The Paris climate deal has been widely welcomed. It is the first time that all major countries on the planet have signed up to a climate change agreement with clearly defined goals and commitments, most notably to limit global warming to less than 2°C above pre-industrial levels. We must all hope this is honoured, and do everything we can, as individuals and as a global community, to ensure this is the case. There are also commitments to make $100 billion per year of funding available by 2020, though there is some concern already about whether this will all actually materialise, and whether this is enough.
The deal, though, represents a wonderful opportunity to advocate food systems which build soil carbon and use fossil fuels more sparingly through reduced inputs, better integration of crop and livestock production and better integration of all food production with local regions and communities.
Several campaign groups have however, criticised the COP21 conference for focusing on fossil fuels and not addressing emissions associated with food production. These take two distinct forms: those who believe livestock production is responsible for a high proportion of global warming and want to see big reductions in the number of ruminants in particular due to their methane emissions, and those who believe that changing farming methods to sequester more carbon into soils offers the best way to reduce carbon dioxide levels in the atmosphere. Unfortunately, these two visions are not entirely compatible, at least not in the way in which they are generally articulated.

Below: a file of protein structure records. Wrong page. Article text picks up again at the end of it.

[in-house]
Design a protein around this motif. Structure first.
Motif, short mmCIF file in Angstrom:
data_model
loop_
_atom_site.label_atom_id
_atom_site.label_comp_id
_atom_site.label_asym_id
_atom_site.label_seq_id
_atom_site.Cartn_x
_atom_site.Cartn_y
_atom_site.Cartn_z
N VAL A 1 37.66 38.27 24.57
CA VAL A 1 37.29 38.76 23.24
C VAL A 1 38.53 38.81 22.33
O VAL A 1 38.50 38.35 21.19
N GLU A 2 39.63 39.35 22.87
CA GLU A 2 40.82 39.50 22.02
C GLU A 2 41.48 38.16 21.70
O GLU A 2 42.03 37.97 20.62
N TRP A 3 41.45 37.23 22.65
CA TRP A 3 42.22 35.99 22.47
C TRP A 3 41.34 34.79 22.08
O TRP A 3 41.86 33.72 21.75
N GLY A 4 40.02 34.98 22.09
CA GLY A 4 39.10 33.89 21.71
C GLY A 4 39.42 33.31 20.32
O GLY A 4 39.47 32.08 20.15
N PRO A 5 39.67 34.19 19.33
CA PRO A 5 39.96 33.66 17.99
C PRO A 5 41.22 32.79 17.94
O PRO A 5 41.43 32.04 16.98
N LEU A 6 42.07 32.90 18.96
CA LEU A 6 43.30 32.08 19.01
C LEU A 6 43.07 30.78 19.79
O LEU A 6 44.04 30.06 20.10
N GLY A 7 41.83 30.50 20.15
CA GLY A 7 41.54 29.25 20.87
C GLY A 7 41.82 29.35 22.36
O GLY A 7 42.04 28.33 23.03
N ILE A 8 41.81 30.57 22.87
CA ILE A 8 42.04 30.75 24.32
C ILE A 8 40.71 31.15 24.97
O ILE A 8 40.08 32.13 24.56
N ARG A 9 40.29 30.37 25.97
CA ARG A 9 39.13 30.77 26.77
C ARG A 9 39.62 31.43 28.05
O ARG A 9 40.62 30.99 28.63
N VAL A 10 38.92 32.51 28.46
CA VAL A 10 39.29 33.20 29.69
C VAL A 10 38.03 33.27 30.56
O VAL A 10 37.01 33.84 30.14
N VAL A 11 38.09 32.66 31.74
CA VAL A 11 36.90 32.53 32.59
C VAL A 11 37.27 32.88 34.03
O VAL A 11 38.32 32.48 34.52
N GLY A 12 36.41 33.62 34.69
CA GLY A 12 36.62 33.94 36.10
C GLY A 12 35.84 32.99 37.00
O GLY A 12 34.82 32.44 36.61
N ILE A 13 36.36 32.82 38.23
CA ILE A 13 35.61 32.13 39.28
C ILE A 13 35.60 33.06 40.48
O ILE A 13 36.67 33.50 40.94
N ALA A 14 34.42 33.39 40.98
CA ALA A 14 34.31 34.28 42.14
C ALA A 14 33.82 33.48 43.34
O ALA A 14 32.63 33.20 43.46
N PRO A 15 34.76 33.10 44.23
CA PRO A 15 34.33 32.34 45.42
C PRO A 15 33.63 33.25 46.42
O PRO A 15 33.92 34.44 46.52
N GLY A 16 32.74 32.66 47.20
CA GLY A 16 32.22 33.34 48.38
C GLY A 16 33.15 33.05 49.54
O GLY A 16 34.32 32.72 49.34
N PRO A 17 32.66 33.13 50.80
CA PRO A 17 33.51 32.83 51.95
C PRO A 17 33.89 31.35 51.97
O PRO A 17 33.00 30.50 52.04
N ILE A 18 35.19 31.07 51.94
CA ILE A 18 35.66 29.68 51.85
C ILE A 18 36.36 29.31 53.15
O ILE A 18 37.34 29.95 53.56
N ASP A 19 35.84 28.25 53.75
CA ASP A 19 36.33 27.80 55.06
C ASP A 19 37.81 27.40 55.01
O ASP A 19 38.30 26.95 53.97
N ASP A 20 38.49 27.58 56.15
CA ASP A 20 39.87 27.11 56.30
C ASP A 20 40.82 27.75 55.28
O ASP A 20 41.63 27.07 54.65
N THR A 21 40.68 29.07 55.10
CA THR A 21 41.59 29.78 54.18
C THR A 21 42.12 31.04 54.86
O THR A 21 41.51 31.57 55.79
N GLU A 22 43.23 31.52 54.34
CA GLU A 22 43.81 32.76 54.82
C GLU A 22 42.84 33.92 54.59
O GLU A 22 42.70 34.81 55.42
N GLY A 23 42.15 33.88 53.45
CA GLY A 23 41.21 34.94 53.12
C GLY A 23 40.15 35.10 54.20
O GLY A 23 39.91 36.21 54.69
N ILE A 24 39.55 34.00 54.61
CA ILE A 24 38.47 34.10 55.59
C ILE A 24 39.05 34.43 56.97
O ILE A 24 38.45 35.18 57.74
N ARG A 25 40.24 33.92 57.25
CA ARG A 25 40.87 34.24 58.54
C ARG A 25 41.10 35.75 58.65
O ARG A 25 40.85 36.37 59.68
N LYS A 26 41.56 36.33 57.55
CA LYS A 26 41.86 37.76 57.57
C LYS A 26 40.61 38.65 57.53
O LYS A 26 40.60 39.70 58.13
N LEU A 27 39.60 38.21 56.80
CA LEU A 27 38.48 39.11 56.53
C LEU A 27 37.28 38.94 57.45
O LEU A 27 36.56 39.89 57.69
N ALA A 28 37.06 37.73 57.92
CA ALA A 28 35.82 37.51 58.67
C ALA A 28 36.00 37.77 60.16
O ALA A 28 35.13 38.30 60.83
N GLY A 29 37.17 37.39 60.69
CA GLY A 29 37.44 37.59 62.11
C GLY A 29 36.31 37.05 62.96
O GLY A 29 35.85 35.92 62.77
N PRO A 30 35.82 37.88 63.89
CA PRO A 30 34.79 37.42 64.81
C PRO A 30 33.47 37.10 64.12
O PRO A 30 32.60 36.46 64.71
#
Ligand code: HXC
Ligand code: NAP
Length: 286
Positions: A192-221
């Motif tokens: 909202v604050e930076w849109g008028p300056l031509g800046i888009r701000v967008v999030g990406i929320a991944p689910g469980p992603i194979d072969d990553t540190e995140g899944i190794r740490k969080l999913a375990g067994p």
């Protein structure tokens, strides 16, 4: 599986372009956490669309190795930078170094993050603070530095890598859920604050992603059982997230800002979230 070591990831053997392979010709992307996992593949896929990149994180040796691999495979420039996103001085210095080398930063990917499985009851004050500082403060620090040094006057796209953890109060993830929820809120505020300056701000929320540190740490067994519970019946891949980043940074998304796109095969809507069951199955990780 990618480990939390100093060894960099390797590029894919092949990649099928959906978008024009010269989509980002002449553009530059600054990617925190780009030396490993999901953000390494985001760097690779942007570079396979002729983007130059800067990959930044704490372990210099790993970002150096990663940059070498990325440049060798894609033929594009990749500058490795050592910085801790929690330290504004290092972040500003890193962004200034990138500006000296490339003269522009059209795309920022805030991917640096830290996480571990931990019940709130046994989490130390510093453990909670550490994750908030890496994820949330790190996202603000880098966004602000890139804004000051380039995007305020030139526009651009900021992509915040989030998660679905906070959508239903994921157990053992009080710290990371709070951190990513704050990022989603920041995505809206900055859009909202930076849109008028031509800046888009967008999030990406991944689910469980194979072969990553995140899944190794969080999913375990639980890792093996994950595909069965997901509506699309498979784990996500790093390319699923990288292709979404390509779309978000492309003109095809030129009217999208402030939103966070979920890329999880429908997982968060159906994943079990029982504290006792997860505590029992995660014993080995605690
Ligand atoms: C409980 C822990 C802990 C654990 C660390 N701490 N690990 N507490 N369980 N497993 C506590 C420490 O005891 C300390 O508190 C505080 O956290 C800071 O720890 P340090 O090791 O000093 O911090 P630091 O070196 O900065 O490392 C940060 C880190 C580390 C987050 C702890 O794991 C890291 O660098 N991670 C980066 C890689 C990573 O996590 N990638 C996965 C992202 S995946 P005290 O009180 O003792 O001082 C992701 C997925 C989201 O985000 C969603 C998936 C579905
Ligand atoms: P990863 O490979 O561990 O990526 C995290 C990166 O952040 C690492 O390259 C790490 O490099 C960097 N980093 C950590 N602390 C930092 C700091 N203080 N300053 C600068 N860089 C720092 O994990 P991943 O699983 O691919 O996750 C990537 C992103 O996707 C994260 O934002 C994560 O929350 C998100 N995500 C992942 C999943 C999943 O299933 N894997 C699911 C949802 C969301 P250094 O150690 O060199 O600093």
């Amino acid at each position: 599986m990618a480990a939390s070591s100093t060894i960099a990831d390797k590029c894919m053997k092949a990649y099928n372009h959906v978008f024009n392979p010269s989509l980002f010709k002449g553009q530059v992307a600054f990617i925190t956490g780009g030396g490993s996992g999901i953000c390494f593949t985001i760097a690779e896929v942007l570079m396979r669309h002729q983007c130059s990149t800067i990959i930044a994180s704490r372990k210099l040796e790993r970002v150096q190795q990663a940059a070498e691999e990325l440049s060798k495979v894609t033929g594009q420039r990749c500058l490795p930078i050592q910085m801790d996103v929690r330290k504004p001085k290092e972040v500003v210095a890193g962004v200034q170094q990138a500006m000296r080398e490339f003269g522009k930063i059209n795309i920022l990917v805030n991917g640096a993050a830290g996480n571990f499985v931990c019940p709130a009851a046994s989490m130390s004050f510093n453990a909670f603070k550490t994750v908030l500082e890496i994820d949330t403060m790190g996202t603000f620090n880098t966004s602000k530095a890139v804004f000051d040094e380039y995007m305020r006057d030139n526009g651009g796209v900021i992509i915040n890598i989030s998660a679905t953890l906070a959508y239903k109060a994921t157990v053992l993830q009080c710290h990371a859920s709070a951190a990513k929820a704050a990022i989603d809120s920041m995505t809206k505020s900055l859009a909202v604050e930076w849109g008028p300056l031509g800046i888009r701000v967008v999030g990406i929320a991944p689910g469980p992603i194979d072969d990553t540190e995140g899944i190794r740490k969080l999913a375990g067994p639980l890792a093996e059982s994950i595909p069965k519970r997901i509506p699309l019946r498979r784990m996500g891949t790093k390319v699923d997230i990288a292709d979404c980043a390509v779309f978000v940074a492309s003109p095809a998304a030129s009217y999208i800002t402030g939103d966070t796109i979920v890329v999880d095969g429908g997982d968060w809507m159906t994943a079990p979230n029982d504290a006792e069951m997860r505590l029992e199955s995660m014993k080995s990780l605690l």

As countries start to grapple with the detail, leading up to the start of the agreement in 2020, food production will, however, inevitably come under the spotlight. The SFT has concerns that this will increase pressure for the further conversion of grassland with grazing animals to cropland to produce feed for intensive chickens, based on the narrow, but widely promoted assessment that because chickens do not produce methane, increasing chicken production and reducing beef and lamb production would be beneficial in terms of global warming.
The SFT does not accept this view, or many of the figures cited in support of it. Our analysis indicates that when all aspects are taken into account there is little difference between chicken and beef in greenhouse gas terms. But increasing chicken production at the expense of grazing livestock, as we have been doing for many years, is also a key driver of land degradation, which limit the potential to maintain high crop yields in future. This is because continuous crop production leads to soil degradation, whereas grassland can restore damaged soils and make them productive for the future. As Policy Director Richard Young explained to Anna Hill on BBC Radio 4’s Farming Today this week, the SFT has a different take to most other organisations on these issues. Listen to the interview below, which begins at 9:15.
Photograph: Steph French
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